Never fear, however, because the Gods and Titans? They’re worse than Kratos. The only one worthy of a modicum of respect and appreciation is Zeus, and the “Fear” unleashed by the opening of Pandora’s Box in the first God of War goes a long way to explain why Zeus has become so obsessed with Kratos’ death. The remaining Gods, on the other hand, are either annoying or just petty. Take Hermes for example; constantly mocking you as you attempt to pursue him. Granted, this makes his death incredibly satisfying, but there are many opportunities to form a difficult moment for the player emotionally, and instead they’re given an idiot to kill, perhaps to compensate for Kratos being such an awful, awful man.

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In perhaps the most unexpected twist of all time, Kratos unlocks a new emotion towards the end of the game. Those familiar with the series will know that Kratos usually has two modes: remorseful over deeds long past, or angry. That’s it. No in-between. In God of War III, however, he gains an acceptance. He still sounds incredibly angry about his acceptance, but acceptance it is indeed.

All banter aside, God of War III ends the trilogy with an epic series of set-pieces, but is let down somewhat by the characters being mostly unlikable. They have depth, but that depth often only serves to reveal even more of their rotten behaviour. Kratos himself is a great design with much potential, but barring a few brief moments, is mostly one-dimensional throughout the series and no real change occurs here. In the end, though, most didn’t come to see a deep character study, nor do I believe the game ever intended to be. The story is still a great deal of fun, but it’s dumb fun in a series that had the potential to be deeper than the final product. Nevertheless, you’ll love the spectacle of it all. It’s the summer blockbuster of video games, even if its a tale already told six years prior.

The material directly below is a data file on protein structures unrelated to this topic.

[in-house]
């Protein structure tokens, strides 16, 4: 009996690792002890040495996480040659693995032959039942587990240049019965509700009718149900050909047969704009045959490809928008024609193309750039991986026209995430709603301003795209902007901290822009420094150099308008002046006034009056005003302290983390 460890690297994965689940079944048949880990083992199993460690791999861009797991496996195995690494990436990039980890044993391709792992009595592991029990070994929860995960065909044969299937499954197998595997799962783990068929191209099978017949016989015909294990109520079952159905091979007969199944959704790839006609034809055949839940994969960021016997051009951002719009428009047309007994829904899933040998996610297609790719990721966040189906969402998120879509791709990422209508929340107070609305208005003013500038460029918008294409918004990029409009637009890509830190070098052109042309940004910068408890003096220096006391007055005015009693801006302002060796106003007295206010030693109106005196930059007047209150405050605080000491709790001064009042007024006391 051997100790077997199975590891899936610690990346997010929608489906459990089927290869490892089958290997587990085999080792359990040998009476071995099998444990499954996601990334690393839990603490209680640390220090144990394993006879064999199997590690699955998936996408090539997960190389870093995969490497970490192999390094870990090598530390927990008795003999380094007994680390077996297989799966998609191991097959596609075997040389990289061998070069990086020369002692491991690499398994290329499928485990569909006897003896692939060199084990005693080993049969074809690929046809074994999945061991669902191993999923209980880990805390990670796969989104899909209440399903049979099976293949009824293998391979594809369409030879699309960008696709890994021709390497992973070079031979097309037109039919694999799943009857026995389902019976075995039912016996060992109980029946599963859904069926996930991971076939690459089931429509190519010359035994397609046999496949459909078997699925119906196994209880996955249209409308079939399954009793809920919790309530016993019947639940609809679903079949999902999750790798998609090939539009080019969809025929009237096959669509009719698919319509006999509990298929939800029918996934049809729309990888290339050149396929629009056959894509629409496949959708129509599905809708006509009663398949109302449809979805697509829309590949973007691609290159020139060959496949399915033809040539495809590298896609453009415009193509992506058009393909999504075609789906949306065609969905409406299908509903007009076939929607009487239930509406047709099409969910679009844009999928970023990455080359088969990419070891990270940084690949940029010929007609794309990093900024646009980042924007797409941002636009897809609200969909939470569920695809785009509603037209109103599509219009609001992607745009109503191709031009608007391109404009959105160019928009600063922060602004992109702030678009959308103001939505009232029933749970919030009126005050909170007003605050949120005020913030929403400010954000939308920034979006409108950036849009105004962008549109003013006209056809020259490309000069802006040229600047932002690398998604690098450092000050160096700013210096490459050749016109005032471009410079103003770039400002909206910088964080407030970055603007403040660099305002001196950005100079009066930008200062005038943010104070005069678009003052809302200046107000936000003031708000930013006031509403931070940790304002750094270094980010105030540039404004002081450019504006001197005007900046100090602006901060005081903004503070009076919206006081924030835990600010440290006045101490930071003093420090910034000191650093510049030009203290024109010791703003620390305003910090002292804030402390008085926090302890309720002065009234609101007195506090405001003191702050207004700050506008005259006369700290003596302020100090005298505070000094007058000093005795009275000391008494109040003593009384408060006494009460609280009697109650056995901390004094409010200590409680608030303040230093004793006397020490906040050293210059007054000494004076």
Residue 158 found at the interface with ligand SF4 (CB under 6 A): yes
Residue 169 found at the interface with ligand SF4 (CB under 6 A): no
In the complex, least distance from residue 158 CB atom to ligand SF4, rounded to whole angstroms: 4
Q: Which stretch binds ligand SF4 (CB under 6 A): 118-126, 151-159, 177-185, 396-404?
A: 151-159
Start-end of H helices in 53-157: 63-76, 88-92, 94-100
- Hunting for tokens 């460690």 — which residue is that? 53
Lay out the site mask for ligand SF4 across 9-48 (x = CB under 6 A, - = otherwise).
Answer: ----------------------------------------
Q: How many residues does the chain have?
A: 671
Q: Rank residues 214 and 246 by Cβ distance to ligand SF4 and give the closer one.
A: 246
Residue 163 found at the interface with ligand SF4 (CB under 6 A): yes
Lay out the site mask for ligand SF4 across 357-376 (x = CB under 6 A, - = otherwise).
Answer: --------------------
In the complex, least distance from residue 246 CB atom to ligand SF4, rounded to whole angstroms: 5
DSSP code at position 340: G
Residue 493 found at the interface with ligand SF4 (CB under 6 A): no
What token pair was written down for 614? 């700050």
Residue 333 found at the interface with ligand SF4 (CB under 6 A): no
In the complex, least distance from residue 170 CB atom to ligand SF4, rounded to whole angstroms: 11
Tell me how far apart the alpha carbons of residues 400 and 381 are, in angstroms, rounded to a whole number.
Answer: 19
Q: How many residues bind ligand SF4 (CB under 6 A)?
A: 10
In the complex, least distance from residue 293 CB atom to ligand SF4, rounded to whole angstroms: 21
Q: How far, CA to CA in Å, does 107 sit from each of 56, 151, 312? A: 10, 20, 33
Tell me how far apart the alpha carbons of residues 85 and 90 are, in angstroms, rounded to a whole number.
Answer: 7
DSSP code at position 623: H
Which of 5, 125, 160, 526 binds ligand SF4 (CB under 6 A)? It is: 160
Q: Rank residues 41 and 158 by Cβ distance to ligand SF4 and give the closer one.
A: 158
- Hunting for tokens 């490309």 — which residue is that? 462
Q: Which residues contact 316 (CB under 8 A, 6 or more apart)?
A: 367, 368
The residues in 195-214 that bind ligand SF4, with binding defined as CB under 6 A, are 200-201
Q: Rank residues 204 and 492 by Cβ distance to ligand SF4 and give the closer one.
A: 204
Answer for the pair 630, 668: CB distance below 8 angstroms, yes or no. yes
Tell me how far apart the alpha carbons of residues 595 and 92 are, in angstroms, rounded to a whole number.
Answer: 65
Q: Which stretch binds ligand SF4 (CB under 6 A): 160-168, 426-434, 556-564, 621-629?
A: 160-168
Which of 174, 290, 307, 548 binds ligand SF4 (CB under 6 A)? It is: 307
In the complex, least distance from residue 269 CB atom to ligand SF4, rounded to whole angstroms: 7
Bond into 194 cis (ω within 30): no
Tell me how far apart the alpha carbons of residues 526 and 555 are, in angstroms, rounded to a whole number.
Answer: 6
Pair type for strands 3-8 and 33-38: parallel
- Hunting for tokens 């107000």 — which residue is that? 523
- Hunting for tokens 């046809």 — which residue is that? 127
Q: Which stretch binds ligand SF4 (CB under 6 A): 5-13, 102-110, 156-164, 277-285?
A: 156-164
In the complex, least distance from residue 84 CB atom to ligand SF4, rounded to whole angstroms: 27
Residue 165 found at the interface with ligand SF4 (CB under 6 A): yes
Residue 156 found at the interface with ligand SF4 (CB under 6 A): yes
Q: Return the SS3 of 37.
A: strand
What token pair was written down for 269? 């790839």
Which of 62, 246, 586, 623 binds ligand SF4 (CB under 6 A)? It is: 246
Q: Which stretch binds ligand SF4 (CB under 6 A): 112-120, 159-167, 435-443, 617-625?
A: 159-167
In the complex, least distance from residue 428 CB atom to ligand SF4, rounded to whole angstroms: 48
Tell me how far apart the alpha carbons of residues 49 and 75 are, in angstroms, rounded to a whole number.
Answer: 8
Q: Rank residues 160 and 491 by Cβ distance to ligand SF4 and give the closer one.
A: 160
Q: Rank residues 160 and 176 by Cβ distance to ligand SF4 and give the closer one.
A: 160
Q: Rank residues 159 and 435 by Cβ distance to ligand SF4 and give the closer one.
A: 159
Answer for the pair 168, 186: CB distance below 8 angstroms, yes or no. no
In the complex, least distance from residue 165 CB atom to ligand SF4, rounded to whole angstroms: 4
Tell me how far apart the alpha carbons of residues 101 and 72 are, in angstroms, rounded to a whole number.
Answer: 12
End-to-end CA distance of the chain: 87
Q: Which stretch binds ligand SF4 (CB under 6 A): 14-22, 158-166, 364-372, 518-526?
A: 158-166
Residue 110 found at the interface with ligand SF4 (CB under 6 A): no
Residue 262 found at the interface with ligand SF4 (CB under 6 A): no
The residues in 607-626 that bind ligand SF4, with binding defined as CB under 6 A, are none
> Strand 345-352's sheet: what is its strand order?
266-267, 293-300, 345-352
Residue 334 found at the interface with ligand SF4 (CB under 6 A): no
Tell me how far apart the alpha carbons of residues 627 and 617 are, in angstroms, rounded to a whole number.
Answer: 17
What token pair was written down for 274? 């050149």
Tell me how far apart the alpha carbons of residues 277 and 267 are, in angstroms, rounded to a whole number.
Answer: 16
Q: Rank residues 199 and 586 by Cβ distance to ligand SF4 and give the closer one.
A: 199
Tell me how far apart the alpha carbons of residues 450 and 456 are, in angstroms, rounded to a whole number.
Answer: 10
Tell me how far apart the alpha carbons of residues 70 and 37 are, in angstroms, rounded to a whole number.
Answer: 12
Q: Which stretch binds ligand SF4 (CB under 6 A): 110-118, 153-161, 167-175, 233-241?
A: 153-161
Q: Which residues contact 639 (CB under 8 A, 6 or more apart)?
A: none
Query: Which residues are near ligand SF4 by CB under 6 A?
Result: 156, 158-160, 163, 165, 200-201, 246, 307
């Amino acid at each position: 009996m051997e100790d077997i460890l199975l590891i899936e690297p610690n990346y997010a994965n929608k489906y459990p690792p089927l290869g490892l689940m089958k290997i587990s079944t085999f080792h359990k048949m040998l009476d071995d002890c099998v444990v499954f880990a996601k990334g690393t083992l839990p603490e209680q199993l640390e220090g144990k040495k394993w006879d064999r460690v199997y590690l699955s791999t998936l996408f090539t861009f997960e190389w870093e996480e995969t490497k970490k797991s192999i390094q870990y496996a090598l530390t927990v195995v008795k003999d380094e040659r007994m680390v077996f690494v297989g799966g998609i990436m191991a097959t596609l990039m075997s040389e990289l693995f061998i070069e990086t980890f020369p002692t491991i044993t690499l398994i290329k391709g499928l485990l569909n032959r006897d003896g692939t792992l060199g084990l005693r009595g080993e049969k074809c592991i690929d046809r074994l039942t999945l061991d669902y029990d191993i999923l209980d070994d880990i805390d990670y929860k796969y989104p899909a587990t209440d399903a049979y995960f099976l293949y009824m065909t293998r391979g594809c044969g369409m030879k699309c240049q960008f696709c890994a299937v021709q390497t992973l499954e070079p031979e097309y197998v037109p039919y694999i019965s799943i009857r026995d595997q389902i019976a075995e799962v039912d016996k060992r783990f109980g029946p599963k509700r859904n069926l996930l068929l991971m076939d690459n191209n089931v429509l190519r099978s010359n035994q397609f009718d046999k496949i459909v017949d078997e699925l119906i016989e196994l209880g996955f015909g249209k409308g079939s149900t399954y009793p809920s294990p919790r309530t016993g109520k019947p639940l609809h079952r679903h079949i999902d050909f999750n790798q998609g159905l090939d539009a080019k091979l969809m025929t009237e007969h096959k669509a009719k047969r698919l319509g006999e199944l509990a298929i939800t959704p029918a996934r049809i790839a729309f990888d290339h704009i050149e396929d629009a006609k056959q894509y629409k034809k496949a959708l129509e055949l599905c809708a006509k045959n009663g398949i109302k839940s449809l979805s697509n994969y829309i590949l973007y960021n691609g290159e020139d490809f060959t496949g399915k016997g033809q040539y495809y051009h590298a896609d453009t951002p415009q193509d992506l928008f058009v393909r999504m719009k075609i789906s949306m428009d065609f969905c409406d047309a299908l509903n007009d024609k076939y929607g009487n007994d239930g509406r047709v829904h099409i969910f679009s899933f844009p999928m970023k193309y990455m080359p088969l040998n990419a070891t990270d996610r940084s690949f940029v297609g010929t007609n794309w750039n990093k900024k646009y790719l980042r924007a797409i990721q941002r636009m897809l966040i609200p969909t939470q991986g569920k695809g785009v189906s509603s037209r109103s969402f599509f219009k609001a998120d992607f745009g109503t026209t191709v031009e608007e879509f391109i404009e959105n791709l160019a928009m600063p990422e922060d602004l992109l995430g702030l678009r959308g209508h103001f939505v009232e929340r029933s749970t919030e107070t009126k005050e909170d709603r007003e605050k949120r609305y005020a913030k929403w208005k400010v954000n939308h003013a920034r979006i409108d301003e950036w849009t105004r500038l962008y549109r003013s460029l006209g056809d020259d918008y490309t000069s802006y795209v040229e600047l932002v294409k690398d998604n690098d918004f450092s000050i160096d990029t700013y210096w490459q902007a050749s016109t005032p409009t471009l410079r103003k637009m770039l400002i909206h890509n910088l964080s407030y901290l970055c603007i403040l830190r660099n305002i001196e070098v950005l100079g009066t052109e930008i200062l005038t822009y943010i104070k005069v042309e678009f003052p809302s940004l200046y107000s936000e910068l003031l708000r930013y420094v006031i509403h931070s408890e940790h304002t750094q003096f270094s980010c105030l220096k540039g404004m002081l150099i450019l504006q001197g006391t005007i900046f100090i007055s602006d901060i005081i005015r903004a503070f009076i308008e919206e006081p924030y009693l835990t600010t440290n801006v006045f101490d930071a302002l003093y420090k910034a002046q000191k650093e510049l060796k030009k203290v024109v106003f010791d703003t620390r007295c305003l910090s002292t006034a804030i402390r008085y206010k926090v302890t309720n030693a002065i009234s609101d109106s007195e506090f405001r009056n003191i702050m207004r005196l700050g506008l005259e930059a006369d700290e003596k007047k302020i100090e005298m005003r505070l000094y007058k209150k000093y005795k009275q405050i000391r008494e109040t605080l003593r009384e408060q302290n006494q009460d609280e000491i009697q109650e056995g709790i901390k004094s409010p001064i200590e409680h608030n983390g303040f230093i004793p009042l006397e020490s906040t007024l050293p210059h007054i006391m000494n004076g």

Gameplay

There are misconceptions of the God of War franchise, and I find myself a staunch defendant when told the games are just “button-mashing”. The difficulty you choose dictates the mechanics you need to use. For example, I began on Normal. You can absolutely mash your way through the hordes of enemies at this level, requiring the advanced maneuvers only occasionally against bosses. You may still need to evade with the right stick from time to time, but you can take a beating from the basic enemies and still feel pretty safe.